When I remember my parents, I often end up thinking about their friends.
My father, the son of Jewish immigrants, grew up in Boston. After serving in the army in World War II and four years of college on the GI Bill, he ended up in New York in the 1950s. He taught at different public schools and worked at a small advertising firm, while going to night school at NYU.
Over fifty years ago, when I was six years old, I began spending all of my free time in the two adjacent schoolyards on the New York block where I lived. The larger one had basketball courts and a handball wall, and it took up the entire eastern half of an East Village block on 3rd Street. The smaller space was essentially a courtyard bounded by the north, south, and west wings of Public School 63.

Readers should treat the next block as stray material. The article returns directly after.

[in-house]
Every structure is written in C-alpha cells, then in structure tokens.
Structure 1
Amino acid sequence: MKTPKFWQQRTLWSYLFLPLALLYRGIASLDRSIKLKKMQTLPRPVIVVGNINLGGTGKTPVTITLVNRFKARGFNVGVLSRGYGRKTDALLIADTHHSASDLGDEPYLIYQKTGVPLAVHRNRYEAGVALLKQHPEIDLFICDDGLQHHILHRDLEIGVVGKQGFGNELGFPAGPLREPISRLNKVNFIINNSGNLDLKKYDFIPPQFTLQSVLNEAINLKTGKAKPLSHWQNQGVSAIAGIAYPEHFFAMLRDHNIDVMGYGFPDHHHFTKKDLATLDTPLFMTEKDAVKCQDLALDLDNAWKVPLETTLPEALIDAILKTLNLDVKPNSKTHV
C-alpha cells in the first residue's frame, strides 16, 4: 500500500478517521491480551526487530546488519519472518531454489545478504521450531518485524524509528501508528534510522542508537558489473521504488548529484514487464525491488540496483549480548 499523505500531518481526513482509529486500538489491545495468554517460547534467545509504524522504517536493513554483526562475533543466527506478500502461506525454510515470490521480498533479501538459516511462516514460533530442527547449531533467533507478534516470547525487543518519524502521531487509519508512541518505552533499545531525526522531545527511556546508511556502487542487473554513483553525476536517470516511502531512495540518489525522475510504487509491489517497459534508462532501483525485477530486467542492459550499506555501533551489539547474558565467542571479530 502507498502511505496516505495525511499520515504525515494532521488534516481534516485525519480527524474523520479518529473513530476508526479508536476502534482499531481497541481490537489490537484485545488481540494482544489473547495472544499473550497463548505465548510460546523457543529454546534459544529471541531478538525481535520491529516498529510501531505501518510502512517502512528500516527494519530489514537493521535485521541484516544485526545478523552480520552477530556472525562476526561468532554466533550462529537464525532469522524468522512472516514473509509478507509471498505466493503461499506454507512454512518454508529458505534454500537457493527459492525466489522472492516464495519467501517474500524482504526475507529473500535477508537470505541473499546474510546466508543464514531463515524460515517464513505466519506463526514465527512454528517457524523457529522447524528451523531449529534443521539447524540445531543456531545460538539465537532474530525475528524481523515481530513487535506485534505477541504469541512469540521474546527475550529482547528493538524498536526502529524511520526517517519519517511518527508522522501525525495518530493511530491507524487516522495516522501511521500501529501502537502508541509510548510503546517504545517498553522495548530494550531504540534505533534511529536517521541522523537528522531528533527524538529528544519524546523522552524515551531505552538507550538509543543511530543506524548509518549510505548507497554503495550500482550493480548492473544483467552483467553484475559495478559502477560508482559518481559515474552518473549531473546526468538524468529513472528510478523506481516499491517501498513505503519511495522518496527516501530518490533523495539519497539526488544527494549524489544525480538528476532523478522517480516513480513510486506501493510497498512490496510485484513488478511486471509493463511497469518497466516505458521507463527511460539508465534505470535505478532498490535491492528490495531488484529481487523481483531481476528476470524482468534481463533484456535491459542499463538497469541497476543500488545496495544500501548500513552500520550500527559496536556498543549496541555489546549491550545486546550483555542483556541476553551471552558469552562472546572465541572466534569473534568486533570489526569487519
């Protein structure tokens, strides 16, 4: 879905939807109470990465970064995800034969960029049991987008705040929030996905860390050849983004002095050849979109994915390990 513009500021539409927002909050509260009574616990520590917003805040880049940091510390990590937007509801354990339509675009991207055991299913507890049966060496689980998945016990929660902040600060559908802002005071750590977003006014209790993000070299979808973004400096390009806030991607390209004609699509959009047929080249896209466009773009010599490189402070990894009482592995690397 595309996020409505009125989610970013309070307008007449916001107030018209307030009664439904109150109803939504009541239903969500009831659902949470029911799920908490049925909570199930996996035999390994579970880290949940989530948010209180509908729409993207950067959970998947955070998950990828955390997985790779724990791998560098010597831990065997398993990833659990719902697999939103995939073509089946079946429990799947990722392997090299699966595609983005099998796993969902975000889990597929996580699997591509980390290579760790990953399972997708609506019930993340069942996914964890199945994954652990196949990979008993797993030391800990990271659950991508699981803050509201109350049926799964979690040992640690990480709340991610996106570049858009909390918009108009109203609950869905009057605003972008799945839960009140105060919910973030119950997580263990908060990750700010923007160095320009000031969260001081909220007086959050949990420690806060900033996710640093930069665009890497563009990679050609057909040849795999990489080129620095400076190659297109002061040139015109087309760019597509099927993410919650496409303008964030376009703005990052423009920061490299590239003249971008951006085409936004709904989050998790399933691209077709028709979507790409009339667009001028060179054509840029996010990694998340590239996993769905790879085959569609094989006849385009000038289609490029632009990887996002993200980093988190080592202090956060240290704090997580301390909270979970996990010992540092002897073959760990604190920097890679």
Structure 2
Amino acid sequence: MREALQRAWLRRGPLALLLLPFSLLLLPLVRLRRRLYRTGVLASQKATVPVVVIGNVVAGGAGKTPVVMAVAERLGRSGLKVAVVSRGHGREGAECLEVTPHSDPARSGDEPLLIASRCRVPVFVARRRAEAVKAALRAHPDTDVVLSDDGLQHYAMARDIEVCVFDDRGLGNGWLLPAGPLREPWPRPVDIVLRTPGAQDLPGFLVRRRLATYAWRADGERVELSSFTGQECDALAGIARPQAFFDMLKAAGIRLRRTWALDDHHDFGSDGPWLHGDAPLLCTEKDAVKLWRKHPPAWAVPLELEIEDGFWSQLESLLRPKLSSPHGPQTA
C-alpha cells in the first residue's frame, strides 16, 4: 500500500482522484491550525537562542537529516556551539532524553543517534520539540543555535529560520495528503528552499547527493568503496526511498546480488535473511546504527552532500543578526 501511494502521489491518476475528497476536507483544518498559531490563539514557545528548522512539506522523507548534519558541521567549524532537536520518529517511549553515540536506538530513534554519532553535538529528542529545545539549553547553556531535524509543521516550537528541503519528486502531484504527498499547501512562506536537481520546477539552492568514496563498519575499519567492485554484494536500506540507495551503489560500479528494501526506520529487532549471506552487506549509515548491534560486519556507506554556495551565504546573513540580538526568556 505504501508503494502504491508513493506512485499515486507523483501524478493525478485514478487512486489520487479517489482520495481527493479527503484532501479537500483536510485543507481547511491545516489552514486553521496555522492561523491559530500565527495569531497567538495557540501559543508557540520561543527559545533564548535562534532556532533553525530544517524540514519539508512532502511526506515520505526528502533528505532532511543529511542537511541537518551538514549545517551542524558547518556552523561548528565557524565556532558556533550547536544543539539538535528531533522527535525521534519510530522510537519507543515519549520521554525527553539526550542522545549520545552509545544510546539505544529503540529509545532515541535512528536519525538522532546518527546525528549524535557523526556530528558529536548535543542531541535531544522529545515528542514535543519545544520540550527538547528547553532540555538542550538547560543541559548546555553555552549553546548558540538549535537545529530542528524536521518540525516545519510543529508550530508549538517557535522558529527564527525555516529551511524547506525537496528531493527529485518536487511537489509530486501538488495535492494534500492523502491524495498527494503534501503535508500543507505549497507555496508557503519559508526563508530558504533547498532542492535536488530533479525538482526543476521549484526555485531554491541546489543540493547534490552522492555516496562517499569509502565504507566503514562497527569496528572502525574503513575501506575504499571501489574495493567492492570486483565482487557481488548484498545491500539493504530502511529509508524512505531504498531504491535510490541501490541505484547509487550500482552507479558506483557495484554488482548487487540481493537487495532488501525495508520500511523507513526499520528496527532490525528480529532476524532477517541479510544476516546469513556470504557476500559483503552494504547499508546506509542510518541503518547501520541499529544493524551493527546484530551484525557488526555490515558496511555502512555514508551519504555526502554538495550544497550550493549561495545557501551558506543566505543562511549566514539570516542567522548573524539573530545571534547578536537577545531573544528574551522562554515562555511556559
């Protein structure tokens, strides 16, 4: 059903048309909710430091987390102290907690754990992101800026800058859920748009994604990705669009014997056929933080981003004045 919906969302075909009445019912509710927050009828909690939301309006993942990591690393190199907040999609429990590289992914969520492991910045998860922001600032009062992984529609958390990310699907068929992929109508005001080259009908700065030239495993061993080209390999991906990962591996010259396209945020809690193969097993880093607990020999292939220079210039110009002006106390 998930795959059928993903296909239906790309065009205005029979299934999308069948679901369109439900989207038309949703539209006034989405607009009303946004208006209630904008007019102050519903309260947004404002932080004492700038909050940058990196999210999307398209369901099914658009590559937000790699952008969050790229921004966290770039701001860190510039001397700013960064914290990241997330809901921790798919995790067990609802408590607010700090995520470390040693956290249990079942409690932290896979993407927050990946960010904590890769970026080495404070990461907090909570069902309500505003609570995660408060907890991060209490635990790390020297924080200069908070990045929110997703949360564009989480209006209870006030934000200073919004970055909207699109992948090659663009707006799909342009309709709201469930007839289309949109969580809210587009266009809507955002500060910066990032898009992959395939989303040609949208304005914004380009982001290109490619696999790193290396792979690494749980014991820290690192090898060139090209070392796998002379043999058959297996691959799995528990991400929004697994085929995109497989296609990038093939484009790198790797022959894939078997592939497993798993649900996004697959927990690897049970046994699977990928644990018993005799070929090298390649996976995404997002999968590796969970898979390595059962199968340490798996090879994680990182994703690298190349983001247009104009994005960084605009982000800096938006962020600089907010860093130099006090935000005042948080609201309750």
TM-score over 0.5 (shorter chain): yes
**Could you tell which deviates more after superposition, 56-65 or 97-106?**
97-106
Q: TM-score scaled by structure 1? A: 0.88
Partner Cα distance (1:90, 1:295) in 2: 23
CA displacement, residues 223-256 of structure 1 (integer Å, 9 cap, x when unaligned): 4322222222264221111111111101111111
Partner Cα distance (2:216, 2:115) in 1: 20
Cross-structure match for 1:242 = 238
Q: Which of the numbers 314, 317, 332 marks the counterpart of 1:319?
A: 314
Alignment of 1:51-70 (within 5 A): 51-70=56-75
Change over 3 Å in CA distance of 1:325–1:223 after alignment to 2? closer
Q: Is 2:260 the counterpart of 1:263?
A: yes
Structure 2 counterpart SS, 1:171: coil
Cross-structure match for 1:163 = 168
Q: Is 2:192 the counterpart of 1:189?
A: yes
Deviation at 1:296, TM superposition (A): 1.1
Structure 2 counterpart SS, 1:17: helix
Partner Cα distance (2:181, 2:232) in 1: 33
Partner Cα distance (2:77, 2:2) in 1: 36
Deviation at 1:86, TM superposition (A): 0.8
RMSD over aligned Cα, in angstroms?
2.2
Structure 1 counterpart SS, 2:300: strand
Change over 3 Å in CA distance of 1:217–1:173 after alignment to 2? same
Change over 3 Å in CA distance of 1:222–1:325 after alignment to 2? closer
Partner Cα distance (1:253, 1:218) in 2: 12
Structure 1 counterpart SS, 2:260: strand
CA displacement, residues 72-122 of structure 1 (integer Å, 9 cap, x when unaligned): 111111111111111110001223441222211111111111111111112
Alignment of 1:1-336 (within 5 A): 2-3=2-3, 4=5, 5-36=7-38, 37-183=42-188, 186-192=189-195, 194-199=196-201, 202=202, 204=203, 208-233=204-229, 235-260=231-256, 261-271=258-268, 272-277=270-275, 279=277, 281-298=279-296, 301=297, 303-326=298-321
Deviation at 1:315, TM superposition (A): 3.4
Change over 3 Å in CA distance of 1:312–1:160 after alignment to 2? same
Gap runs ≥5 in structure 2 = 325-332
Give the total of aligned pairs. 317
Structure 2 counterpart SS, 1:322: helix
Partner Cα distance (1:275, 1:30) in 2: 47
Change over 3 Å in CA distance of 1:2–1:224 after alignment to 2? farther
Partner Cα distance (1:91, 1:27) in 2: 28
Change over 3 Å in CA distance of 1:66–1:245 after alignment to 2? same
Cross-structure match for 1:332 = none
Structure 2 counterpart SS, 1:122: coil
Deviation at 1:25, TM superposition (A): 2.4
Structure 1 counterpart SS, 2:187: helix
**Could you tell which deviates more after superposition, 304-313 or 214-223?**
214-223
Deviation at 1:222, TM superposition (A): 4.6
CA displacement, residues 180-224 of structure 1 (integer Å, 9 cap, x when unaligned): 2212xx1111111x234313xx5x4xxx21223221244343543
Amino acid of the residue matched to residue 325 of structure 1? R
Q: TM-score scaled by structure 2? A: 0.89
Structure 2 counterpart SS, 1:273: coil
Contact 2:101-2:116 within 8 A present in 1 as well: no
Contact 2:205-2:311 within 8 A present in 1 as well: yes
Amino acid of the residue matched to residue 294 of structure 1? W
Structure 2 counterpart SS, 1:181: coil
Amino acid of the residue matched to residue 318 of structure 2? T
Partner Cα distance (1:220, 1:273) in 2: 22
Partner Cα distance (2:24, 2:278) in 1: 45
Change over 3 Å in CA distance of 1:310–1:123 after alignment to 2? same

Junior by Jacob Margolies Junior was a large, pudgy, olive-skinned boy. He was also a bully. In my prepubescent world, he was the twelve year old who walked up to the ten year old at the bus stop and punched him in the face. Sometimes he’d also take your bus pass. He only got mine once.